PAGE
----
Time to Think About Taxes

By Katherine Reynolds Lewis
c.2007 Newhouse News Service

Preparing your income tax return? This year, pay special attention to deadlines, dates and paperwork.

First, the good news: Taxes are due April 17, a couple of days later than usual. The traditional April 15 is a Sunday, and a local holiday on April 16 would affect six states and the District of Columbia, so the Internal Revenue Service pushed back the deadline for all Americans.

Not so good: Tax code complications are likely to cause delays and revisions in some of the forms you receive in the mail. Mutual fund companies could send corrected 1099s as late as March, said Rod Coleman, senior vice president at SYM Financial Advisors in Warsaw, Ind.

"People who have filed their taxes too eagerly end up looking at a revision," Coleman said. "Mid-March ought to get you past most of it."

To prepare your taxes, you'll need the following paperwork and information:

Your 2005 tax return. This gives you a starting point, and helps avoid forgetting a bank account or other item that should be on your 2006 return.

The W-2 form your employer(s) mailed to your home.

All 1099 forms showing income from banks, brokerages and other institutions.

If you own your home, the 1098 form from your mortgage company, showing mortgage interest and any real estate taxes paid.

Social Security numbers for yourself, your spouse and any dependents.

Your checkbook and other records of charitable, medical, educational and professional expenses that you may claim as deductions or credits.

Recordkeeping requirements have been "substantially stiffened" for 2007 and beyond, Coleman said. "If you put $10 in the plate on Sunday as it goes by, you need to make sure to get a receipt ... or write checks."

Don't overlook non-cash donations, such as furniture given to your church or Goodwill, said Leo Bruette, a tax partner with BDO Seidman in Bethesda, Md.

A good rule of thumb is to claim a quarter of the original purchase price of the item, Bruette said. Any donation worth more than $5,000 must be appraised except for publicly traded stocks and bonds.

Sales tax receipts if you want to deduct state sales taxes instead of deducting state and local income taxes on your federal return.

"If you choose the sales taxes, you have the option of doing a standard table or what you actually paid," said Mark Luscombe, principal tax analyst at CCH in Riverwoods, Ill. "That's especially helpful for people in states that don't have an income tax, like Florida and Texas."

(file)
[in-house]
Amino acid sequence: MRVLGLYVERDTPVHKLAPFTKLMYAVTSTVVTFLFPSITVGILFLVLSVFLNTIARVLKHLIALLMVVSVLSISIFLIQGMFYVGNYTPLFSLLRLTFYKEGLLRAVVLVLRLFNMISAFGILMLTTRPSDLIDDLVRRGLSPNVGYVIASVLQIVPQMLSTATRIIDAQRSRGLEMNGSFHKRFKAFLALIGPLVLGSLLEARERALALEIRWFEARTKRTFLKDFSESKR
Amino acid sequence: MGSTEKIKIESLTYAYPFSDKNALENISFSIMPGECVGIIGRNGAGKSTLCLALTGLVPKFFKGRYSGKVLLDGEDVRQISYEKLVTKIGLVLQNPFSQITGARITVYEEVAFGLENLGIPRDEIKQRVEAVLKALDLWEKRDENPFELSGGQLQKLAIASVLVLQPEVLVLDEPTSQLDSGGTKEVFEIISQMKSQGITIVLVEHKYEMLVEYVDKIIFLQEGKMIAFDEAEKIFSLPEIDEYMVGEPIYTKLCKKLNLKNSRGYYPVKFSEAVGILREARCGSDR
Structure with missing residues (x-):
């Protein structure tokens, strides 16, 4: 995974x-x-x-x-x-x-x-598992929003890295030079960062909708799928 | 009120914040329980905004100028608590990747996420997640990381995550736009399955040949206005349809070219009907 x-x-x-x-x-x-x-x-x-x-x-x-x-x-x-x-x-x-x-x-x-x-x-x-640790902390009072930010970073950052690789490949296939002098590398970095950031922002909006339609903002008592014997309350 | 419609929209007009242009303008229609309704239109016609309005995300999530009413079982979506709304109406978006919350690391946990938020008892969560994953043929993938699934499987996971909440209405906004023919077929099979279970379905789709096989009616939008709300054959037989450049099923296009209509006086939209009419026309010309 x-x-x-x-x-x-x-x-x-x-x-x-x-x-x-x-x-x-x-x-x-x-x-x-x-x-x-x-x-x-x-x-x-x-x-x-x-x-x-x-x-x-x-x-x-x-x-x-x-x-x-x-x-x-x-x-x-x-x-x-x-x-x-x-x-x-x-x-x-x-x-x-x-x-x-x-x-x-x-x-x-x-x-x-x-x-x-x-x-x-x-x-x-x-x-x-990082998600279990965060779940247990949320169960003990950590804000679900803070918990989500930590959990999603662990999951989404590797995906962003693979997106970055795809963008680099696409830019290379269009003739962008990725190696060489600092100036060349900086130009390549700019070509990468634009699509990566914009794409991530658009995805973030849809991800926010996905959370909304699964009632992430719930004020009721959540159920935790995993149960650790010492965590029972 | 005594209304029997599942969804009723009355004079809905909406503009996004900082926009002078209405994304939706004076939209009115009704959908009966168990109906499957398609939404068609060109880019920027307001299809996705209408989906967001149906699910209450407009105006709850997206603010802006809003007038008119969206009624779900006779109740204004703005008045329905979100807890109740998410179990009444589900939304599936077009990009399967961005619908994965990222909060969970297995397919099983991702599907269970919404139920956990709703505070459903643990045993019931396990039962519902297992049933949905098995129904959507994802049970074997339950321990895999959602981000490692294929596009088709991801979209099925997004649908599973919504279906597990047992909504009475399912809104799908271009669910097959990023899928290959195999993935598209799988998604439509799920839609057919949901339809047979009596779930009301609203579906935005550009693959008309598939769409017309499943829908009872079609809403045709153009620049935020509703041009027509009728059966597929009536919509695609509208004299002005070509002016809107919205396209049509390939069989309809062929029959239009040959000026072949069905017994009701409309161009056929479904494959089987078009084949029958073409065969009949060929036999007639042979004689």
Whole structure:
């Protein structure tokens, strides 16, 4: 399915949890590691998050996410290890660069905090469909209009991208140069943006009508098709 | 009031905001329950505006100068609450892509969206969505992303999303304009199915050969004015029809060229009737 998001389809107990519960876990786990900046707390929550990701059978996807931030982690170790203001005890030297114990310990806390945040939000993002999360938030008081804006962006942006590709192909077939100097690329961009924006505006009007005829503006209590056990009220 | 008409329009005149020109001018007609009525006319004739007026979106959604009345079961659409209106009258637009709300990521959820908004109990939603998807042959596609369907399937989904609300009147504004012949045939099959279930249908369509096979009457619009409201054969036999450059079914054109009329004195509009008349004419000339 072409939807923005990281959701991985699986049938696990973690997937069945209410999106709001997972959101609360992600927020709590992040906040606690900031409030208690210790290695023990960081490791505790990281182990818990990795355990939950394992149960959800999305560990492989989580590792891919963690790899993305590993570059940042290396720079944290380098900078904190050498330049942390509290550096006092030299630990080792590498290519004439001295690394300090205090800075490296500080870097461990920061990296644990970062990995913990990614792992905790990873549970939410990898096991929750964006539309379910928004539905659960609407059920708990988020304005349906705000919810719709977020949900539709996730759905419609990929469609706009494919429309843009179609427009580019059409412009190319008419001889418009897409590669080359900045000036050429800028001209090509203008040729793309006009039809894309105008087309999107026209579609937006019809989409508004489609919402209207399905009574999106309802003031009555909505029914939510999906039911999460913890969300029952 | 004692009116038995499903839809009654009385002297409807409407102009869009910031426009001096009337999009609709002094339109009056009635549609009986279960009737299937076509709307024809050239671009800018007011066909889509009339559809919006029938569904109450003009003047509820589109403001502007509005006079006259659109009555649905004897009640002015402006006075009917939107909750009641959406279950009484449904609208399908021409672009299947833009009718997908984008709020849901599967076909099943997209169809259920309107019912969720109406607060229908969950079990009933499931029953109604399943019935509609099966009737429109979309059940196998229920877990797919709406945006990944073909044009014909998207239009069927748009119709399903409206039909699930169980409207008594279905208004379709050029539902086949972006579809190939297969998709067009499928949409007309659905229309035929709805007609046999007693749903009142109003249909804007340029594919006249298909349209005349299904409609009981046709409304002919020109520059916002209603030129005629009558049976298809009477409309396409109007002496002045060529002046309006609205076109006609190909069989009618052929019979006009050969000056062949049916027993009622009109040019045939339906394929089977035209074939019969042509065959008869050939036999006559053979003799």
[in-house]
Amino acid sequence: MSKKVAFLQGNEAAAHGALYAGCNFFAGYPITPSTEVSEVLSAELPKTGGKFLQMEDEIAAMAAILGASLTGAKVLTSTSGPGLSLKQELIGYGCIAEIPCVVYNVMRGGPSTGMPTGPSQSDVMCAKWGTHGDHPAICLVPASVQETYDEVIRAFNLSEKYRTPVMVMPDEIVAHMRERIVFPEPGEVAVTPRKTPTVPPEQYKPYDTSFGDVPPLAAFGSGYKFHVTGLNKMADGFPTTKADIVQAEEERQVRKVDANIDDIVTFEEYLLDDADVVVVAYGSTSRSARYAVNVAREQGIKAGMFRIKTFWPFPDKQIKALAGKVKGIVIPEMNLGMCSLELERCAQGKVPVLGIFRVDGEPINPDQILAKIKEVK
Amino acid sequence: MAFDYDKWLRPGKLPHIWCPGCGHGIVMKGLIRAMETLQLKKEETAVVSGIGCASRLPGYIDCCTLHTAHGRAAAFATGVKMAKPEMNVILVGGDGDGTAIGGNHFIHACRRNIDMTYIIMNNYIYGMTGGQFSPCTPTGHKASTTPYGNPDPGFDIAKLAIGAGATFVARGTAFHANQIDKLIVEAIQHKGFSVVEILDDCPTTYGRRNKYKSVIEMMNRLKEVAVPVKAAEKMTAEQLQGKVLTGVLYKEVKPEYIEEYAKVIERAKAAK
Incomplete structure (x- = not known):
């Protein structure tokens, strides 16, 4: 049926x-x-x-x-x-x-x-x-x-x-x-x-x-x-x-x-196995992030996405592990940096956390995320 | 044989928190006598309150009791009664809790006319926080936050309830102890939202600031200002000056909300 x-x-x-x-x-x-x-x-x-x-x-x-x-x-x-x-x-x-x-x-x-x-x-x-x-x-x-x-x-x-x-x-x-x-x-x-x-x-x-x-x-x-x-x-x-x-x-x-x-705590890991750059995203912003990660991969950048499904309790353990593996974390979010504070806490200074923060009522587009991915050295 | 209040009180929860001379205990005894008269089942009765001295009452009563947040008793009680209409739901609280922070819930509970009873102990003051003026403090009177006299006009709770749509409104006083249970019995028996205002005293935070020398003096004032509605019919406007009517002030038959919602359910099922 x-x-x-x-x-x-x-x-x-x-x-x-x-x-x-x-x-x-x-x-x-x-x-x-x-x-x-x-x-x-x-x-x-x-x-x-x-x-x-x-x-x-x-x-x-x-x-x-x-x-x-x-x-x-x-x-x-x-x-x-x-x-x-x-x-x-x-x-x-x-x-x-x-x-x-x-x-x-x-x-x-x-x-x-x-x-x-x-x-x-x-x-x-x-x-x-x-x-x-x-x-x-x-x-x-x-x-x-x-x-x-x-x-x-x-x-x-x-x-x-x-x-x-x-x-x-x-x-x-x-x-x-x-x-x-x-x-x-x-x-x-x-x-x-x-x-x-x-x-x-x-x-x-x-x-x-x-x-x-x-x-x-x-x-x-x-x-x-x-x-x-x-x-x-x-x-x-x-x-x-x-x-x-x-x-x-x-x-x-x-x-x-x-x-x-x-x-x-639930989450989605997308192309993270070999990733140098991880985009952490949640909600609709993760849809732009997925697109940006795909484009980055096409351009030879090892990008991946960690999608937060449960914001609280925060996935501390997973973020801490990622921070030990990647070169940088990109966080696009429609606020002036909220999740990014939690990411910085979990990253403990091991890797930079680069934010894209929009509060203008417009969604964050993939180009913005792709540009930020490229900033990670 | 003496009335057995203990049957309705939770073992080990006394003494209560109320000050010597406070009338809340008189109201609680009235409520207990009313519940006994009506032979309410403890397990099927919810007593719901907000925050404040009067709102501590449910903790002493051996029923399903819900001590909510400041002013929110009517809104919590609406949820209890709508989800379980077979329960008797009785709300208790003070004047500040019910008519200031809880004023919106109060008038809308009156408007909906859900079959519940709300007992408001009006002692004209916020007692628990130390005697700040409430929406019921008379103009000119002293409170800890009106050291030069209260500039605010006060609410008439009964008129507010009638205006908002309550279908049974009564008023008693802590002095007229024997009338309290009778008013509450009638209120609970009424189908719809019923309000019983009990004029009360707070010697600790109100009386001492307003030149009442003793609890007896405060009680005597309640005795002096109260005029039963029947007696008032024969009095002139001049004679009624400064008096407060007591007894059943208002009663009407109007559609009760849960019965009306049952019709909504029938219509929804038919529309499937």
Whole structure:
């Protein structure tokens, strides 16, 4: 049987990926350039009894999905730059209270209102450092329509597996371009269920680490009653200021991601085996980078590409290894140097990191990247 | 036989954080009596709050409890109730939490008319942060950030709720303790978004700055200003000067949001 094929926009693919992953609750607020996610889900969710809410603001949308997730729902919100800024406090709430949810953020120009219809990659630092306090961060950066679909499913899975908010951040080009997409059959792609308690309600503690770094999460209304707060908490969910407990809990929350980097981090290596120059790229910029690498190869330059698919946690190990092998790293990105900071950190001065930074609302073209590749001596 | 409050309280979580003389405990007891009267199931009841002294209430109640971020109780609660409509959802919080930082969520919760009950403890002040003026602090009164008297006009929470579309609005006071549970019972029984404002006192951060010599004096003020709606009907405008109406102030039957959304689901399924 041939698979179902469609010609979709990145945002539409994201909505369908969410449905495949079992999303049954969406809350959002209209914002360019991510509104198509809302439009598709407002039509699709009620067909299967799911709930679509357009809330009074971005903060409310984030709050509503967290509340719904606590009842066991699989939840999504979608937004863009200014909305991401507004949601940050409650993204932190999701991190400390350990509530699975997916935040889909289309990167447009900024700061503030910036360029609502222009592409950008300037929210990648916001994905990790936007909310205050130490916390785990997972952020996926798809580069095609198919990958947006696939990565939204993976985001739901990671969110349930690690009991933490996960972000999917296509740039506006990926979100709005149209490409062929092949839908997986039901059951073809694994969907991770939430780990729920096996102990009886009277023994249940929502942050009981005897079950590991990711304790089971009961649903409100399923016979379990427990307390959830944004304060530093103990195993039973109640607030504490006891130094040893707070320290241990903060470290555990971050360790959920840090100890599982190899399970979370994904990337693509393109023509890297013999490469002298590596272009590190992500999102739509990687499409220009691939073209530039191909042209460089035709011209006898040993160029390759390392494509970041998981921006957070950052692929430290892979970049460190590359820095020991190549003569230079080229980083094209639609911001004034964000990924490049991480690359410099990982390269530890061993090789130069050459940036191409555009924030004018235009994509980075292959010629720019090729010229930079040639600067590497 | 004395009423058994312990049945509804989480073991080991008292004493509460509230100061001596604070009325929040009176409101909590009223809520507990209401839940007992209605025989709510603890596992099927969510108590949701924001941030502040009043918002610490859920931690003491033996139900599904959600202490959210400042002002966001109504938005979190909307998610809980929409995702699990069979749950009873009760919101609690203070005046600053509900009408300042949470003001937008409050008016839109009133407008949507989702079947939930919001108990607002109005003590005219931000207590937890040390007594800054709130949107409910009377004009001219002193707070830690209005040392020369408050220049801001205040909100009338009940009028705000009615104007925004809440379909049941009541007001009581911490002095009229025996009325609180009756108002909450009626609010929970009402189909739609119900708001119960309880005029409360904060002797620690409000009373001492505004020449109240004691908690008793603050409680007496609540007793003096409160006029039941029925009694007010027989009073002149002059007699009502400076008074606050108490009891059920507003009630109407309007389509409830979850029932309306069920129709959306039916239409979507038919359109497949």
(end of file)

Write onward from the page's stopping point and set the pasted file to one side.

Your bank's name, routing number and account number if you want any refund directly deposited. (This information is on the front of your checks.)

You may also need records from any major financial transaction, property loss or life change.

"You want to think about any changes to your life: marriage, divorce," children born or graduated from college, said Earlaine Klingler, a certified financial planner with McQueen, Ball & Associates in Bethlehem, Pa. "Some people forget that their kids are no longer allowed to be dependents" after age 24, or when they finish their schooling.

Remember to claim the telephone excise tax refund being given this year only. More than a third of the returns that have been filed early aren't showing the refund, IRS spokesman Eric Smith said.

People who are entitled to the refund can claim it even if they aren't obliged to file a tax return, using a special form, Smith said.

Double check your return, especially the details, to avoid careless errors like forgetting a tax form or overlooking a statement. Make sure to keep all your records, receipts and expense logs for at least three years.

"The most common mistakes people make are pretty silly: not adding things up right, failing to sign the return, having the wrong Social Security number, or Social Security numbers that don't match the names," Luscombe said.

If you don't sign the return, it's considered to be non-filed, so the IRS could hit you with penalties, he said. There's no statute of limitations for a non-filed return.

"The best way to avoid mistakes is to file electronically," Smith said.

Bob Brennan, a former revenue agent for the IRS, advises clients to file a tax return even if they can't pay the full amount due. For tax bills up to $10,000 you're entitled to a payment plan, with some exceptions. Even up to $25,000, the IRS will usually let you negotiate an installment agreement, he said.

To request a payment plan, attach Form 9465 to the front of your return, so the IRS will see immediately that some action is needed, Smith said.

"A lot of people put their head in the sand," said Brennan, a certified public accountant with CBIZ Accounting, Tax & Advisory Services in Plymouth Meeting, Pa. "The worst thing they can do is not file the return. There are significant penalties and interest."

If you fail to file a return for three years or more and owe a substantial amount, the IRS might even bring criminal charges, he said.

Tax calendar for 2007:

Feb. 15 If you claimed exemption from income tax withholding in 2006, you must file a new Form W-4 to continue the exemption.

Mid-March Wait until now to file your return early, just in case your financial institutions correct your 1099 forms.

April 1 Deadline to make mandatory withdrawals from a retirement account if you turned 701/2 before Jan. 1, 2007.

April 17 Deadline to mail your 2006 income tax return or request an automatic six-month extension, to fund an individual retirement account, and to pay estimated taxes if you are a business owner or an individual with inadequate withholding.

June 15 Second round of estimated tax payments due; deadline for U.S. citizens living outside the country to file tax returns.

Sept. 17 Third round of estimated tax payments due.

Oct. 15 Deadline to mail 2006 return if you requested an extension.

This story was originally published Tuesday, February 6, 2007.